Q: Can I ask one health care question, since that's what we're doing today?
MR. GIBBS: Sure.
Q: There was a suggestion by Republican Senator Orrin Hatch today that if the President wants to meet his August deadline, he's going to have to become more directly involved in negotiations on the Hill. Is that something we're likely to see as the deadline grows closer?
MR. GIBBS: The President speaks almost daily with members of the Finance Committee. I don't --
Q: He's not planning to go up onto the Hill, for example?
MR. GIBBS: I don't think at this point that's the case, but, you know, we've had members down at the White House. The President is actively involved in seeking a solution for health care reform. I think the notion that he's not involved is --
Q: But more directly involved, I think -- but do --
MR. GIBBS: I think being on the phone every day with members of the Finance Committee, it's hard to be more involved.
Q: Do you think there's enough momentum in Congress, though, to meet his August deadline? Are they doing enough?
MR. GIBBS: I think Congress continues -- I think the best untold story is all the progress Congress has made. I think I've used this analogy -- if you need 10 things to happen and seven of them are happening, no offense, but you guys tend to focus on the three that aren't. That's just the way the deal works. That's our turn in the barrel. We get that.
But, you know, let's take, for example, the last time we flew to Chicago we were going to speak to the doctors, right? Everybody was in a huff and puff about how the doctors wouldn't accept a public plan. I remember a big front-page story in The New York Times, questions of -- you know, you're going to get on -- guess what? The doctors came out for a bill that supports a public plan. How many of you all wrote individual stories on that?
Q: Robert, the Cleveland Clinic, one thing it does is pay its doctors salaries instead of by the procedure. Is that something the President would like to see wider spread? Will he suggest that all doctors or most hospitals work that way?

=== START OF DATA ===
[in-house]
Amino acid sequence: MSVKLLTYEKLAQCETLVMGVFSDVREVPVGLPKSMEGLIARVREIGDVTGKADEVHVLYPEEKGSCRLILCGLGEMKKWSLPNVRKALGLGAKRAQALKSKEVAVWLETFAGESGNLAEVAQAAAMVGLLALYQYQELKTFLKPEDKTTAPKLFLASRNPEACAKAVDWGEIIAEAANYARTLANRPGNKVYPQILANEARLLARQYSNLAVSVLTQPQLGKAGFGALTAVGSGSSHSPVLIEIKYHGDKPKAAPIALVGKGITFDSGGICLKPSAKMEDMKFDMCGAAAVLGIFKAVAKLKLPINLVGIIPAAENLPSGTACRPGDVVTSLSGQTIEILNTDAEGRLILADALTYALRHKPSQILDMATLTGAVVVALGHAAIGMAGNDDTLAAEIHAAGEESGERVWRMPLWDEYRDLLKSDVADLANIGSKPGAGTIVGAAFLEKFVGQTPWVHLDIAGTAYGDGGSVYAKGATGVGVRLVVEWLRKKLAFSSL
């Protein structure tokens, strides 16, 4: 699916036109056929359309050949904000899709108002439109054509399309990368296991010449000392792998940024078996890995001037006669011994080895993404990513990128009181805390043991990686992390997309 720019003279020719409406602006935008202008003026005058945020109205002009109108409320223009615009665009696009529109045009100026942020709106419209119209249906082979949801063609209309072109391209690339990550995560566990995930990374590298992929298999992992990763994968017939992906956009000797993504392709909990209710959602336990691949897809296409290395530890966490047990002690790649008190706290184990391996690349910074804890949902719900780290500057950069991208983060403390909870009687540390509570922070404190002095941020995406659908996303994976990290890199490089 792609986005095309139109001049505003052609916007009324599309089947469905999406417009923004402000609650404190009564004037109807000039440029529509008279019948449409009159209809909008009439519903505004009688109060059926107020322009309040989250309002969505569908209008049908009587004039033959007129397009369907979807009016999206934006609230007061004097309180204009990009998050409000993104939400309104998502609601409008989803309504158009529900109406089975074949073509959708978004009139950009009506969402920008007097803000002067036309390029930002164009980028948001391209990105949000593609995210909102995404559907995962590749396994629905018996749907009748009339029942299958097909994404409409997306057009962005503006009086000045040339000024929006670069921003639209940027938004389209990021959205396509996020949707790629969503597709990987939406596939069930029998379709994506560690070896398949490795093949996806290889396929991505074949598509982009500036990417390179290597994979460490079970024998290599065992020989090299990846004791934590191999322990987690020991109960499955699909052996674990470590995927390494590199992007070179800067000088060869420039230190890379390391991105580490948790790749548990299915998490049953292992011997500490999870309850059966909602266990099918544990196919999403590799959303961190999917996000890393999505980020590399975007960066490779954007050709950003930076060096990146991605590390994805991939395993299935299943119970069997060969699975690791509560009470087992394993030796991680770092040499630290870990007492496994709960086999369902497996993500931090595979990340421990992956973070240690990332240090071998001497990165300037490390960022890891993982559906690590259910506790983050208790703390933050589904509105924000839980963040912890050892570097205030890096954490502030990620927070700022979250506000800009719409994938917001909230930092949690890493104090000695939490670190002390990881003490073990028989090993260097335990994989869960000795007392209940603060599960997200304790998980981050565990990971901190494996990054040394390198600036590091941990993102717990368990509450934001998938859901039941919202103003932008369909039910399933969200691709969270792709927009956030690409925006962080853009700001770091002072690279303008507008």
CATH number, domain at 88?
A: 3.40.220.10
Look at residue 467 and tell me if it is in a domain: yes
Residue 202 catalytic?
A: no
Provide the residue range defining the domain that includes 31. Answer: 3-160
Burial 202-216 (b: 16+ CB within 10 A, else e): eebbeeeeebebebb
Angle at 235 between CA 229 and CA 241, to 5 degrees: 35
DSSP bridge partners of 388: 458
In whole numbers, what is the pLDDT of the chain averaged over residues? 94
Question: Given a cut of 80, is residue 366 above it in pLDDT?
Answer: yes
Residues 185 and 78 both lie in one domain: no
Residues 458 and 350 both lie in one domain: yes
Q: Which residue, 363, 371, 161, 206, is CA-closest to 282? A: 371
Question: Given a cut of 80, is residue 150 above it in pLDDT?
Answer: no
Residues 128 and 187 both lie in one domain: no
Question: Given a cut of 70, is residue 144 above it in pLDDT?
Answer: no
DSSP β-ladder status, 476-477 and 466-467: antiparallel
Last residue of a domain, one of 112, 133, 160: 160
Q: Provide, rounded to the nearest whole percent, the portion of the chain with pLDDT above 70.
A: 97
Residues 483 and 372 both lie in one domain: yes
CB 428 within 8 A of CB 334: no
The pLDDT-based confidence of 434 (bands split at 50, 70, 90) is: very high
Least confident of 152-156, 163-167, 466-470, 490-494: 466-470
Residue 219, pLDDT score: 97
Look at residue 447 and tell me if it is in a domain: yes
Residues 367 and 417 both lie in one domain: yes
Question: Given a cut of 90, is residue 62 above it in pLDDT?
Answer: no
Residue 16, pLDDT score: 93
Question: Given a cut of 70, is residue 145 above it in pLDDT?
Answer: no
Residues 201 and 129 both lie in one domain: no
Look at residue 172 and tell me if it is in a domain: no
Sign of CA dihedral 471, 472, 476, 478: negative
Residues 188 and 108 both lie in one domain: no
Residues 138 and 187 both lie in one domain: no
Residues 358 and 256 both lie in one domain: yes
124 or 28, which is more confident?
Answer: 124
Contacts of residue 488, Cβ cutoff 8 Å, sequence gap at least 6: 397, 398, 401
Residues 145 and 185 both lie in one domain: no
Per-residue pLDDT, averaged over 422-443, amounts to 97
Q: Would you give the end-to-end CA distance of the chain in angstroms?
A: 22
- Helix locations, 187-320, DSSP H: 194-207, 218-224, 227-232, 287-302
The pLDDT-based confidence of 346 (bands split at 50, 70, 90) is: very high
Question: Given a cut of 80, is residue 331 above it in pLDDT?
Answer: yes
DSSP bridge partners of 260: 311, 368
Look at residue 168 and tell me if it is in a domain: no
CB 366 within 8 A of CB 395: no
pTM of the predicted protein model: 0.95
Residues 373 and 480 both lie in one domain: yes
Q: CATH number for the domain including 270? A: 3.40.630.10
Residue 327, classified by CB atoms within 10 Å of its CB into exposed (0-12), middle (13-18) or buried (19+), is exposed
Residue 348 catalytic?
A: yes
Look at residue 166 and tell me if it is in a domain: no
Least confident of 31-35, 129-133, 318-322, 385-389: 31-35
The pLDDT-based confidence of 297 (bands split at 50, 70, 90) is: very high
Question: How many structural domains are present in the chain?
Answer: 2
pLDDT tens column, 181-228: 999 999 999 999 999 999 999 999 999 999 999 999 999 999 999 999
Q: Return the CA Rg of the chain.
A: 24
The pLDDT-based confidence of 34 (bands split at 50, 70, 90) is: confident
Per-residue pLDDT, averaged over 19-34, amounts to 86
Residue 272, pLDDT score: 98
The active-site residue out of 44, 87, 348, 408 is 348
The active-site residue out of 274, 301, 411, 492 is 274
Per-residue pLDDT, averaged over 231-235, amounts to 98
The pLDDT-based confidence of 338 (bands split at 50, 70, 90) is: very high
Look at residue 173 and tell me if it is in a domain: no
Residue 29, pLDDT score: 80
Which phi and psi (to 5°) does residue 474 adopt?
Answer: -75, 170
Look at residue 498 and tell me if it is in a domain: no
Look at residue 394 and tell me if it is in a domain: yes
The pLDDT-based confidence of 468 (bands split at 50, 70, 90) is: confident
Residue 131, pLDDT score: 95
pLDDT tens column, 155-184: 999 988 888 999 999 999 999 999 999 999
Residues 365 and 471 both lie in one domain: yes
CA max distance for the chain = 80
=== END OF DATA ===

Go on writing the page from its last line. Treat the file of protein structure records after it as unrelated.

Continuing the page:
MR. GIBBS: Well, I don't know how deeply he'll get into every procedure that's done at Cleveland Clinic in terms of employment, but I think it highlights an example that he wants to highlight for others, and that is that we're paying for outcomes, we're paying for better health care, not paying per procedure.
I think he uses -- he tends to use the example most often of somebody with severe diabetes. There is a rate for what happens at a point in which an amputation is required, not necessarily an incentive structure for treating a patient that we know could get to this point with better nutrition and wellness.
So I think -- the President talks about cutting the cost for health care and we have to change the way health care is delivered in order to deliver better outcomes. I think the President again discussed, you know, if you were paying $6,000 more a year for something that wasn't as good as what others were paying for, you would stop and say, why is that the case. And I think that's what he'll highlight today.
Q: Robert, just to be clear, the President doesn't regret the language or his statement last night?
MR. GIBBS: No, I think the President -- again, I think the President was clear in, again, denoting that at a certain point -- let me be clear. He was not calling the officers stupid, okay? He was ensuring -- I think, again, denoting that at a certain point the situation got far out of hand, and I think all sides understand that.
Q: Yes, just back to the -- would he specifically endorse the idea of salaried physicians?
MR. GIBBS: Let me check. I don't know if that's -- I did not see that in the remarks, but let me double-check on that.
Q: Congressman Clyburn said today that the August recess either needs to be cancelled or postponed. Does the President agree with that assessment in order to get health care done?
MR. GIBBS: Again, I don't know that we're at that point yet. I know that some people on Capitol Hill have discussed delaying the beginning of a district work period in order to continue to make progress. But I think -- obviously Congressman Clyburn and others know Capitol Hill quite well. The President continues to be encouraged that we're moving toward real reform, and we're focused on that and continuing that progress before we go cancelling recesses.
Q: Robert, can you fill us in on the two fundraisers the President is doing tonight? Who are sponsoring them? Who's the money for?
MR. GIBBS: I can double-check. I think these are DNC events.
Q: Both DNC?
MR. GIBBS: One is at the Hyatt. Obviously it's a larger event, and then another event earlier at the house of Penny Pritzker and her husband.
I love when we do this when we're landing. Luckily, these guys are a little softer than our previous pilots. If I had to do this on that old plane, I don't know -- broken legs. (Laughter.)
Let me get -- I'll get details on the next leg on the fundraisers, sponsors, as much information as we have in terms of money amounts and things like that.
END 12:28 P.M. EDT
|Citation: Robert Gibbs: "Press Gaggle by Press Secretary Robert Gibbs Aboard Air Force One En Route Cleveland", July 23, 2009. Online by Gerhard Peters and John T. Woolley, The American Presidency Project. http://www.presidency.ucsb.edu/ws/?pid=86457.|